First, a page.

You can ask questions and collect responses in various ways: freeform answers, drop down choices, multiple choice, and more.

A few popular applications are Google Forms, Gravity Forms, and Jot Forms. If you want a free and easy-to-create form, Google Forms is usually the go-to option. Google Forms is 100% free (as long as you have a Google account). Ask as many questions as you want. Collect as many surveys as you want. It’s all free! The only downside is that it may be difficult to customize, integrate, and receive notifications.

We support Gravity Forms, Jot Forms, and a few others here at Engage 2 Engage as part of our programs.

Event Forms

Event forms are used to register attendees for whatever event you have planned, whether it’s in-person or digital.

If you’re looking to host an event, it’s a good idea to use an event form instead of a survey app because it will give you more info, such as expected and actual attendance. Survey forms can also help you keep track of your budget to ensure that you are investing what you need and nothing more.

Zoom Virtual Event Forms are a good example of ths. Speaking of Zoom, a one-time data capture event like a Zoom meeting is useful if you want a face-to-face experience and feedback. You can see who’s attended your Zoom event via Zoom Analytics.

However, Zoom is not always efficient. You can set up a meeting for anyone to join, but not everyone has the time or interest in joining another Zoom meeting.

Compared to Zoom data capturing, email nurturing is an ongoing form of campaign that builds more long-lasting and meaningful relationships between brands and consumers.

Email nurtures will usually lead audiences to important updates, exclusive sales, and other desirable features. Because they feel personalized and can effectively turn leads into conversions, email nurtures are a great organic marketing initiative.

CRM Forms

In case you want a more serious, in-depth look at customer data, Customer Relationship Management (CRM) might be for you.

edge. That is perfect for a company that needs to generate more revenue and make a If you’re a small business looking to grow, CRM forms might be more effective than survey apps. They streamline your company’s admin processes and create a competitive name for itself.

Payment Forms

An online payment form is exactly what it sounds like.

You should use payment forms to collect payments for services rendered. This enables your customers to pay you online at their convenience. A good payment form usually lets customers choose their payment method and doesn’t include unnecessary fields. It also keeps customers’ data safe so there’s no security breach.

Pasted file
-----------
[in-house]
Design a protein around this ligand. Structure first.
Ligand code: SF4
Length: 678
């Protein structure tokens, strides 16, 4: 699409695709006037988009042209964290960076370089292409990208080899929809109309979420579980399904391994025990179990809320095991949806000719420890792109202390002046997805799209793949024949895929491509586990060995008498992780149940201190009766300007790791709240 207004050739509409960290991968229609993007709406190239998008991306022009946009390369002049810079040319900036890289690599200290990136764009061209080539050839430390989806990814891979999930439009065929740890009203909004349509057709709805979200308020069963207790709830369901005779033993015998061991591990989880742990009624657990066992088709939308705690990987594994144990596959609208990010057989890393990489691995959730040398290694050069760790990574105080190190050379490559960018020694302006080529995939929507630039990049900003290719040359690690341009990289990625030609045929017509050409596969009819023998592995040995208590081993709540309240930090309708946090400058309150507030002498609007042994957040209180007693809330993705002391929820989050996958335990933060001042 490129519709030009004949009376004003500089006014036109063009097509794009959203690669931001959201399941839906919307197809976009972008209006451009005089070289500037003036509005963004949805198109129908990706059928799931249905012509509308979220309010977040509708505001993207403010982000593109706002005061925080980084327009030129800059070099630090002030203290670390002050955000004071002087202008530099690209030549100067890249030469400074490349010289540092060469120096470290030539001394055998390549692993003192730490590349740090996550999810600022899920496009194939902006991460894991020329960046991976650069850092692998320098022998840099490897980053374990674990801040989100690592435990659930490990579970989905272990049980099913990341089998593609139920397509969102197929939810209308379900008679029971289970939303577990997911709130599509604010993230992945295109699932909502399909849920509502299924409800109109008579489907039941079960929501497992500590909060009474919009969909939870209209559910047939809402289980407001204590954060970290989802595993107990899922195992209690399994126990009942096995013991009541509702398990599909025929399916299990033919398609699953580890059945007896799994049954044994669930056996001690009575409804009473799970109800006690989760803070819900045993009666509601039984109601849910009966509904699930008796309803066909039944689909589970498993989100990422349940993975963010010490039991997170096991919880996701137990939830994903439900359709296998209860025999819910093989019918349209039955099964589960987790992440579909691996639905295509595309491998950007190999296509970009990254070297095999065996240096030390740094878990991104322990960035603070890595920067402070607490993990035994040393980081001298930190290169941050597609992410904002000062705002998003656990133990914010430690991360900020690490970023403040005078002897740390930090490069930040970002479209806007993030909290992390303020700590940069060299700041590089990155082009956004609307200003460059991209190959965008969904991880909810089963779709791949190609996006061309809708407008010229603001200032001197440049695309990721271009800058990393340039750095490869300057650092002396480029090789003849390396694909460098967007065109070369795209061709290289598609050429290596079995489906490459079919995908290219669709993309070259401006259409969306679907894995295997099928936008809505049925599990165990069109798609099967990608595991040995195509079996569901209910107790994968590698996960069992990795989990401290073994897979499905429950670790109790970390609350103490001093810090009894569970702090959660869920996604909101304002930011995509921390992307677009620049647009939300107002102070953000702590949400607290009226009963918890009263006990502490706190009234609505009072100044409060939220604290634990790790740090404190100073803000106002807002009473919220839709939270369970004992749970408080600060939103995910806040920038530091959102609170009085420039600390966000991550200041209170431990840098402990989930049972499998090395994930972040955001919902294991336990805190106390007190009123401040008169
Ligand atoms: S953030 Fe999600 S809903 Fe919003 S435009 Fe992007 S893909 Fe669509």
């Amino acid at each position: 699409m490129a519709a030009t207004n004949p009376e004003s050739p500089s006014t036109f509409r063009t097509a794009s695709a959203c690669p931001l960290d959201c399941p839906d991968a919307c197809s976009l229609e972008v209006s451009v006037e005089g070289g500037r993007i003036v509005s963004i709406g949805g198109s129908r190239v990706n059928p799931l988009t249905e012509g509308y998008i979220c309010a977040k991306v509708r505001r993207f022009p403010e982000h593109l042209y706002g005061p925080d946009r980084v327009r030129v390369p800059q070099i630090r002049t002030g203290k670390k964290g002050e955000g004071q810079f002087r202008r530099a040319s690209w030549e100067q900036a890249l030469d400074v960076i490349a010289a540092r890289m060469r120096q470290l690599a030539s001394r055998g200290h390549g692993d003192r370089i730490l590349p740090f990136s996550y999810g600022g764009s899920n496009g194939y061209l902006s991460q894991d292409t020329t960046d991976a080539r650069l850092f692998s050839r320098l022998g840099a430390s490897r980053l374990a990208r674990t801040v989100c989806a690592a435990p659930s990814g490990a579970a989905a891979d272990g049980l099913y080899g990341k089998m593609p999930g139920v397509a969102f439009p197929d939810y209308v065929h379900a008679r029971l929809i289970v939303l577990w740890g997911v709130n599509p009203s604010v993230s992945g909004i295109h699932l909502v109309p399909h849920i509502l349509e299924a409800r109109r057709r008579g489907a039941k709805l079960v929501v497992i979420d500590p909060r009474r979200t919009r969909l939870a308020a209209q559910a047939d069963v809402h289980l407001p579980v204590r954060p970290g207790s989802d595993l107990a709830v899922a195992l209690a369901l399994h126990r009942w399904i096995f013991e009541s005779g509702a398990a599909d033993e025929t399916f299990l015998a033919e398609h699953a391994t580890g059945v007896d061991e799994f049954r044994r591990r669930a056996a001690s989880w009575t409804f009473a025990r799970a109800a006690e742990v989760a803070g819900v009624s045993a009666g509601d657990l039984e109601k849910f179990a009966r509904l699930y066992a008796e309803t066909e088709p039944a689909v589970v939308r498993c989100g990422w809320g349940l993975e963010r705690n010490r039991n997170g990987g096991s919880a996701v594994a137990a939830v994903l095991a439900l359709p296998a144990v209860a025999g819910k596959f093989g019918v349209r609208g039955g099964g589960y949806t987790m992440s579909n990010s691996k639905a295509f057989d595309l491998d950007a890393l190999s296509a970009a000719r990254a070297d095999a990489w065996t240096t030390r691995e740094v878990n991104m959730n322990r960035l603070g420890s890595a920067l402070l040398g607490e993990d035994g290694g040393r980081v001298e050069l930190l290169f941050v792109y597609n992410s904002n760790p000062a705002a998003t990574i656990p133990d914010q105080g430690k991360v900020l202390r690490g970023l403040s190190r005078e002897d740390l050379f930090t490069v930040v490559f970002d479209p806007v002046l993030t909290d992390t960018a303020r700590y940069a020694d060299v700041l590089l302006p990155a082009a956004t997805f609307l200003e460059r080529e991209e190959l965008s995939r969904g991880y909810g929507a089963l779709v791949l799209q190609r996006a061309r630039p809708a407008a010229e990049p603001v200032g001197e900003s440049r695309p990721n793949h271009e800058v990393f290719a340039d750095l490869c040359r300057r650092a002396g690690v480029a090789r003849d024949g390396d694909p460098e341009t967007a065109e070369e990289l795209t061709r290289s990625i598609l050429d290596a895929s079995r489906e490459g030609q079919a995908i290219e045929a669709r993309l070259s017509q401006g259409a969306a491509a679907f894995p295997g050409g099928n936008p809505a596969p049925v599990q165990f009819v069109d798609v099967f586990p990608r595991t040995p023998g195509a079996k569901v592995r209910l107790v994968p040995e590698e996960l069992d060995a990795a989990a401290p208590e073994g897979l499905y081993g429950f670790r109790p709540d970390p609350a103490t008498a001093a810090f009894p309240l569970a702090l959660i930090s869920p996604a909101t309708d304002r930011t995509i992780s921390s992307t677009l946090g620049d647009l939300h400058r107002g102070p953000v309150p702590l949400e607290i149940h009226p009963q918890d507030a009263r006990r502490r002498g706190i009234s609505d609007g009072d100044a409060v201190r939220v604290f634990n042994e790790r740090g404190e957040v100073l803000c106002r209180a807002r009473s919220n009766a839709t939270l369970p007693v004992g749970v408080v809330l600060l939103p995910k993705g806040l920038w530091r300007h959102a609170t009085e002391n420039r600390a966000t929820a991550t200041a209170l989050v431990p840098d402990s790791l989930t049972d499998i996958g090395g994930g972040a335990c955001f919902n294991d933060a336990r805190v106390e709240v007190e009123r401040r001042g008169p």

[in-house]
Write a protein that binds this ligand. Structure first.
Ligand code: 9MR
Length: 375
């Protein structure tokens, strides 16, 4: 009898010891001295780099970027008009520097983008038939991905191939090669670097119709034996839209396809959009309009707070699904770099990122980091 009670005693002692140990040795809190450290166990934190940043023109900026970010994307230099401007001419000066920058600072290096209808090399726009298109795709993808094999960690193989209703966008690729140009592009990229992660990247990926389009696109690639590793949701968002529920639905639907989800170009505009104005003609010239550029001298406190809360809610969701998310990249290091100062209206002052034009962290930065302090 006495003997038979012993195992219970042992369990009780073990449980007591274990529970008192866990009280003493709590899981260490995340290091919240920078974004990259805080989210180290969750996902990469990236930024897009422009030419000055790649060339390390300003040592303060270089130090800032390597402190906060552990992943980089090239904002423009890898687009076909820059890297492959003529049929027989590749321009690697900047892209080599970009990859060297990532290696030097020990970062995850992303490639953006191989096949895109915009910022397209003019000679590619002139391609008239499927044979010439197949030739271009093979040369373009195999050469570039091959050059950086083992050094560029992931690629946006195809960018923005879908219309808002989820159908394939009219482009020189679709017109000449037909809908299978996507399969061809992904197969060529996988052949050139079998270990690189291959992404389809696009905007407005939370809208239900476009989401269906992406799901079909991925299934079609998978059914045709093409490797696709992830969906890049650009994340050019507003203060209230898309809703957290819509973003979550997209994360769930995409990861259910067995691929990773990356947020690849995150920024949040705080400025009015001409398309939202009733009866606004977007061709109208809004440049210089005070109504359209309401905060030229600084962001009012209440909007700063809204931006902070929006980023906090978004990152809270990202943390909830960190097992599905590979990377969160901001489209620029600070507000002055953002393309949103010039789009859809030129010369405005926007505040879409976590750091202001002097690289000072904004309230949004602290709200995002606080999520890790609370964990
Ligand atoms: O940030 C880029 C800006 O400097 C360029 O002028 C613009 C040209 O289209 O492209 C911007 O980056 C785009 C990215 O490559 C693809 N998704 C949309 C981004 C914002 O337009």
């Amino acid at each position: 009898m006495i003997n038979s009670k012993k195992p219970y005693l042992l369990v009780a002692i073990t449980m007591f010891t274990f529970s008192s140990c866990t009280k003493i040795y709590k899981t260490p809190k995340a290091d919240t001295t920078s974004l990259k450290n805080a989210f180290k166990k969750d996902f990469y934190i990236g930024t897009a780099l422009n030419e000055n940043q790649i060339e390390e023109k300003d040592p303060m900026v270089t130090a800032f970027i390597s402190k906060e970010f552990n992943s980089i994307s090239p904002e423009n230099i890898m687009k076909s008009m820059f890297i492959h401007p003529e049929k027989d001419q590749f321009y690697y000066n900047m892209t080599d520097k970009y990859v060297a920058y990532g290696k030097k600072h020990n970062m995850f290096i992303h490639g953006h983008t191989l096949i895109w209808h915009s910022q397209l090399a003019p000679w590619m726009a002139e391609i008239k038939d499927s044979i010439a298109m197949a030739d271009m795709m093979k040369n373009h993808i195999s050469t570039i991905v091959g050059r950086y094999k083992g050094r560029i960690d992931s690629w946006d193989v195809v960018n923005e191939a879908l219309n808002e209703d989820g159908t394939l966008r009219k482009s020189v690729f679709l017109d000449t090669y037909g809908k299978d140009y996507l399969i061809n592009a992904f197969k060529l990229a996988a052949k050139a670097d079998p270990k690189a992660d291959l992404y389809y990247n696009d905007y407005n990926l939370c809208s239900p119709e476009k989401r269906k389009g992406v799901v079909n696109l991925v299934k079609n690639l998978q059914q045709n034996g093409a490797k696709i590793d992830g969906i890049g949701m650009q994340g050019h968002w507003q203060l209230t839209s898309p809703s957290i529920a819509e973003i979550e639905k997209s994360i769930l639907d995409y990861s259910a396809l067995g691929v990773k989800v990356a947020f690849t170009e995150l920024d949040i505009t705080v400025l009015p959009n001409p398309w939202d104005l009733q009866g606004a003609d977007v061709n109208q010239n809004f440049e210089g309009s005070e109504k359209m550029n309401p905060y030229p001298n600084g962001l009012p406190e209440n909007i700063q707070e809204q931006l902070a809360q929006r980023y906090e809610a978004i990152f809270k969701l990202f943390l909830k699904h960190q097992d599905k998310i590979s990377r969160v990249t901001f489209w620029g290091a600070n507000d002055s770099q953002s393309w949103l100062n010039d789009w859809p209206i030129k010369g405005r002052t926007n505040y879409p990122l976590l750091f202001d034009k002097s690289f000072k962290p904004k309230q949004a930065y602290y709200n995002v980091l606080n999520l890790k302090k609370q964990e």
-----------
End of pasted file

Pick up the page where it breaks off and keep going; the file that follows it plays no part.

Conditional Forms

Another option that can be useful when creating a form is to create a conditional form. The availability of this option is dependent on which tool you’re using to create your form. While some services, such as Google Forms, offer this for free, others may require you to pay for the ability or simply not have the functionality at all. Conditional forms are a bit more complex than a standard form. They utilize all of the usual tools and input methods, but they also use the information given to them to display questions based upon input. Conditional forms or questions will be displayed step-by-step based on the user’s input. Here’s an example:
  1. The form will have a conditional question. In this instance, let’s say that it asks whether or not an individual has tried the new lime-and-watermelon popsicle flavor. It offers a pair of radial answers: yes or no.
  2. Once the user has selected an answer, the conditional form processes the input and returns the result.
    • If the user says yes, it will display the second question. In this instance, it will probably ask whether or not the survey taker enjoyed the new flavor.
    • If the user says no, then the question will not display for this user, as information is not needed.
You can also arrange conditional questions “nesting doll” style. Building off of the above example, perhaps the user reached the second step and said that they did not like the new flavor. You can then add another conditional question, such as asking for feedback on why the flavor was unappealing. Entire forms may be conditional, or you can make only one or two questions conditional.

Conditional Forms are Best Used For:

  • Gathering data that is only applicable to a certain set of individuals
  • Creating more legible data output
  • Creating more legible data output
  • Cutting down on work for those taking the survey

Once you’ve mastered the basic building blocks of forms, you can easily create your own for any purpose! Conditional forms, wherein more questions only appear if certain options are selected, are also useful. Depending on the platform you’re using, this can be done with a few clicks or a bit of coding.

Engage 2 Engage is Here to Help!

Understanding the purpose of your forms is key and essential in guiding the site visitor to convert to the next steps. Beyond the form layout and appeal, there is more that happens behind the scenes.

Engage 2 Engage is here to help with building out your form, crafting data fields to be captured, integrating it to other relevant applications like CRM and payment gateways, adding conditional logic, providing you reports, analytics, and much more.

Learn more how our programs can help you gain more time to create the business lifestyle you desire!